Yesterday I so happened to come up with the idea of combining some fonts and with a low opacity find out what the average letter would look like. Granted, this would be a rather tedious task to, by hand; type, align and adjust opacity for each letter so I wrote a quick script in Scriptographer [more…]
In my on-going quest of finding ways to make nice and interesting textures (one of the reason that I’m on the lookout for an old analog Xerox machine), I read a tutorial somewhere (I really should make more use of ⌘ + B) where the guy writing had a pretty neat trick to create his [more…]
There I’m sitting, at work, the time is 03:22am and for some reason I’m googling pictures of the old boardgame HeroQuest when one image catches my eye. It’s by this guy; Mattias Gustavsson, posted over at RetroGameDev, who has made a pixel shader for a project he’s working on. The shader makes your images look like tmhey are viewed on an old worn-out TV. As it happens, Mattias made an executable of his filter, but unfortunately, it’s for Windows only…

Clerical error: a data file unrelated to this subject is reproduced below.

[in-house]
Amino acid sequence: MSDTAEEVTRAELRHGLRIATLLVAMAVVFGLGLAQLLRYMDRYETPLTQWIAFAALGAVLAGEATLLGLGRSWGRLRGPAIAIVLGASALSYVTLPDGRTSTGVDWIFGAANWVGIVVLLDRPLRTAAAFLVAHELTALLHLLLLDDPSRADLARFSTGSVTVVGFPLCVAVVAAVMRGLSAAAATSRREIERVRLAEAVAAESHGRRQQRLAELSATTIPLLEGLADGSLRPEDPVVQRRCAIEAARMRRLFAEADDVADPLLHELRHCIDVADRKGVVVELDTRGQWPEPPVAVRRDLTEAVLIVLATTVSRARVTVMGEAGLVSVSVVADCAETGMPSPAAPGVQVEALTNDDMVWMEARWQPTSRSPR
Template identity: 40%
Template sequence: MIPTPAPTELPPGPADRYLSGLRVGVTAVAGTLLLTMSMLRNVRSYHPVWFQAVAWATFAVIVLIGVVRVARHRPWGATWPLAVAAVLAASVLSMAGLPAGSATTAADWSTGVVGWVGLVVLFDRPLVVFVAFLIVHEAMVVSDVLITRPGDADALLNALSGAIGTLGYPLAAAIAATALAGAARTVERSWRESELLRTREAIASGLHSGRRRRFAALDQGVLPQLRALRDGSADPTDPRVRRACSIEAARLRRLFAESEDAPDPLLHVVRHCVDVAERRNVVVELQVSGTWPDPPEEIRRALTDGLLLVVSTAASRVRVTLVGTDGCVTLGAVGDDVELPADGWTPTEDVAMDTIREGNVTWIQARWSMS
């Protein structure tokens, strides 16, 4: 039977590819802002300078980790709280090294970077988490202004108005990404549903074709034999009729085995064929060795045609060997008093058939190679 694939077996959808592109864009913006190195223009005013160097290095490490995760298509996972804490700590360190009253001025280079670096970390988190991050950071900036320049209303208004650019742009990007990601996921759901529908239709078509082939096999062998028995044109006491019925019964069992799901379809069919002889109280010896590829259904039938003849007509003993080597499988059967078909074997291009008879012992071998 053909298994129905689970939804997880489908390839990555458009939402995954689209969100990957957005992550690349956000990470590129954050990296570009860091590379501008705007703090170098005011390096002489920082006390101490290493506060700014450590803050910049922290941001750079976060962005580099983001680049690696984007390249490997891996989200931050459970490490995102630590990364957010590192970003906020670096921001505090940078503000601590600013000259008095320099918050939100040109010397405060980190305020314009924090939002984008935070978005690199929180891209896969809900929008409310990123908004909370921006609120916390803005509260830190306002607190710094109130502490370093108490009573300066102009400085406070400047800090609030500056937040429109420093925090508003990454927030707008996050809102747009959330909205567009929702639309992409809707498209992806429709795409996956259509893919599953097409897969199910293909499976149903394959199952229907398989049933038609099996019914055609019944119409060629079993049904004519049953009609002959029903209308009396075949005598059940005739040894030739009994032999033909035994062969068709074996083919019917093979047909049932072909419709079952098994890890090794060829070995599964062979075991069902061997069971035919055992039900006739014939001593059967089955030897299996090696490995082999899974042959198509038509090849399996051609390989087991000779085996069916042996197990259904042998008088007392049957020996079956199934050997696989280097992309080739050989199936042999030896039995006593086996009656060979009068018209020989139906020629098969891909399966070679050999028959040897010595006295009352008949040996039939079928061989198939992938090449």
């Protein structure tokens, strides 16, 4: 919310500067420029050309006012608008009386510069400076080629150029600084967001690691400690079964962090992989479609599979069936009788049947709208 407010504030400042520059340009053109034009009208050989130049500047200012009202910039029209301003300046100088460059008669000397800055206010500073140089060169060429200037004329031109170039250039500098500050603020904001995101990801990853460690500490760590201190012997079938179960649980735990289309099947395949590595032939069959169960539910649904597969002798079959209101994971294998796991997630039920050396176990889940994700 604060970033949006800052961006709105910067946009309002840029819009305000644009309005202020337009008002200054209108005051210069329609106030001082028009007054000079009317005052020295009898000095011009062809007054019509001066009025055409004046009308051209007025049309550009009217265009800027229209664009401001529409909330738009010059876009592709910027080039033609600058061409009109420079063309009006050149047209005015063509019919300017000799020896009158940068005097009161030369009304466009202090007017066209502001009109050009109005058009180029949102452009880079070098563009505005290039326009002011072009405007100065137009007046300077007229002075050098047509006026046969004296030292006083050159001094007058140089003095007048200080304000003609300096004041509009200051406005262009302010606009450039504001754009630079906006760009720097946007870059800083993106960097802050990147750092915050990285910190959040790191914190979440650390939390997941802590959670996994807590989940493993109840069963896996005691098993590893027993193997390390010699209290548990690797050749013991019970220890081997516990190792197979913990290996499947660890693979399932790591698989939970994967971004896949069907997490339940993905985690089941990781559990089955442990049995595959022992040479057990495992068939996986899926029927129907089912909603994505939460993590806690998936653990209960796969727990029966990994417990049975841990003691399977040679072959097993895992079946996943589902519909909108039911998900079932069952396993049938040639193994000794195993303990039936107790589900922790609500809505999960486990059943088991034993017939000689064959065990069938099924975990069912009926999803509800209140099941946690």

As I’m in love with (or, at least, very fond of) all things retro, this was right up my alley. Clearly, nostalgia is the proof of that you’re getting older.
I have bundled together a collection of swatches based on old computers and video games that may come in handy for any project involving the retro style of games from the 80′s, pixelart or whatnot. Most colors come from various Wikipedia articles such as these two [1, 2], so I can’t vouch for their fidelity, except for the gamma corrected Commodore 64 which is probably as close to the original as humanly possible.
Had a coffee at Wayne’s before going to work today and noticed that the vintage movie star trading card-imitations I made as a free give-away for Teater Bartolini where featured in our local newpaper center spread. Looked ok, but I think I could have exaggerated the crude hand coloring alot more. Nevertheless, I’m quite satisfied anyway.